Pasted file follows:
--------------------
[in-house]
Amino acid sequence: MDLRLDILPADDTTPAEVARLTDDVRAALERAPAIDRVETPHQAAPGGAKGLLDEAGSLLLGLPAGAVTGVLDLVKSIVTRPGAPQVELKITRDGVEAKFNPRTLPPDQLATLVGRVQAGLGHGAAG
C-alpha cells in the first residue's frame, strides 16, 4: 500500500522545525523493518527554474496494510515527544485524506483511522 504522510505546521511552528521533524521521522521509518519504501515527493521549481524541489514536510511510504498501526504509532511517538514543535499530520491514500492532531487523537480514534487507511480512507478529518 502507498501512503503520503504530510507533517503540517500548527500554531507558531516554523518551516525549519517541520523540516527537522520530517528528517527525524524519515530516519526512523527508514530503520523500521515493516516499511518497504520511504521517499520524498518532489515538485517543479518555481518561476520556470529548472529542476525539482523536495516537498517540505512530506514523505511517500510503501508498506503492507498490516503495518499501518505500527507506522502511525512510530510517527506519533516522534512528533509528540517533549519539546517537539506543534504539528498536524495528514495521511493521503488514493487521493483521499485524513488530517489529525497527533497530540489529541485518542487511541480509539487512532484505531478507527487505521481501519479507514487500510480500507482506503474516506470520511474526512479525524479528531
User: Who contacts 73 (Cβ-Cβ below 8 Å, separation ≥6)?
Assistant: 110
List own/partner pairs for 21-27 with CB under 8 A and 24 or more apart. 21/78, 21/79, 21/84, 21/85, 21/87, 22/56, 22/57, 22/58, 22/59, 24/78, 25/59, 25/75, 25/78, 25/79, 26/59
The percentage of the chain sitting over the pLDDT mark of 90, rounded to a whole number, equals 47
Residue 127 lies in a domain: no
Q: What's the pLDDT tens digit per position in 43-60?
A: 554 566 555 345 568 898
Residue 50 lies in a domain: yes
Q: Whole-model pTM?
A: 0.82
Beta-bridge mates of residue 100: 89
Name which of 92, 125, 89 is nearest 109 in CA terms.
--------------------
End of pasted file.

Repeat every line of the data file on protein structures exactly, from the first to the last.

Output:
[in-house]
Amino acid sequence: MDLRLDILPADDTTPAEVARLTDDVRAALERAPAIDRVETPHQAAPGGAKGLLDEAGSLLLGLPAGAVTGVLDLVKSIVTRPGAPQVELKITRDGVEAKFNPRTLPPDQLATLVGRVQAGLGHGAAG
C-alpha cells in the first residue's frame, strides 16, 4: 500500500522545525523493518527554474496494510515527544485524506483511522 504522510505546521511552528521533524521521522521509518519504501515527493521549481524541489514536510511510504498501526504509532511517538514543535499530520491514500492532531487523537480514534487507511480512507478529518 502507498501512503503520503504530510507533517503540517500548527500554531507558531516554523518551516525549519517541520523540516527537522520530517528528517527525524524519515530516519526512523527508514530503520523500521515493516516499511518497504520511504521517499520524498518532489515538485517543479518555481518561476520556470529548472529542476525539482523536495516537498517540505512530506514523505511517500510503501508498506503492507498490516503495518499501518505500527507506522502511525512510530510517527506519533516522534512528533509528540517533549519539546517537539506543534504539528498536524495528514495521511493521503488514493487521493483521499485524513488530517489529525497527533497530540489529541485518542487511541480509539487512532484505531478507527487505521481501519479507514487500510480500507482506503474516506470520511474526512479525524479528531
User: Who contacts 73 (Cβ-Cβ below 8 Å, separation ≥6)?
Assistant: 110
List own/partner pairs for 21-27 with CB under 8 A and 24 or more apart. 21/78, 21/79, 21/84, 21/85, 21/87, 22/56, 22/57, 22/58, 22/59, 24/78, 25/59, 25/75, 25/78, 25/79, 26/59
The percentage of the chain sitting over the pLDDT mark of 90, rounded to a whole number, equals 47
Residue 127 lies in a domain: no
Q: What's the pLDDT tens digit per position in 43-60?
A: 554 566 555 345 568 898
Residue 50 lies in a domain: yes
Q: Whole-model pTM?
A: 0.82
Beta-bridge mates of residue 100: 89
Name which of 92, 125, 89 is nearest 109 in CA terms.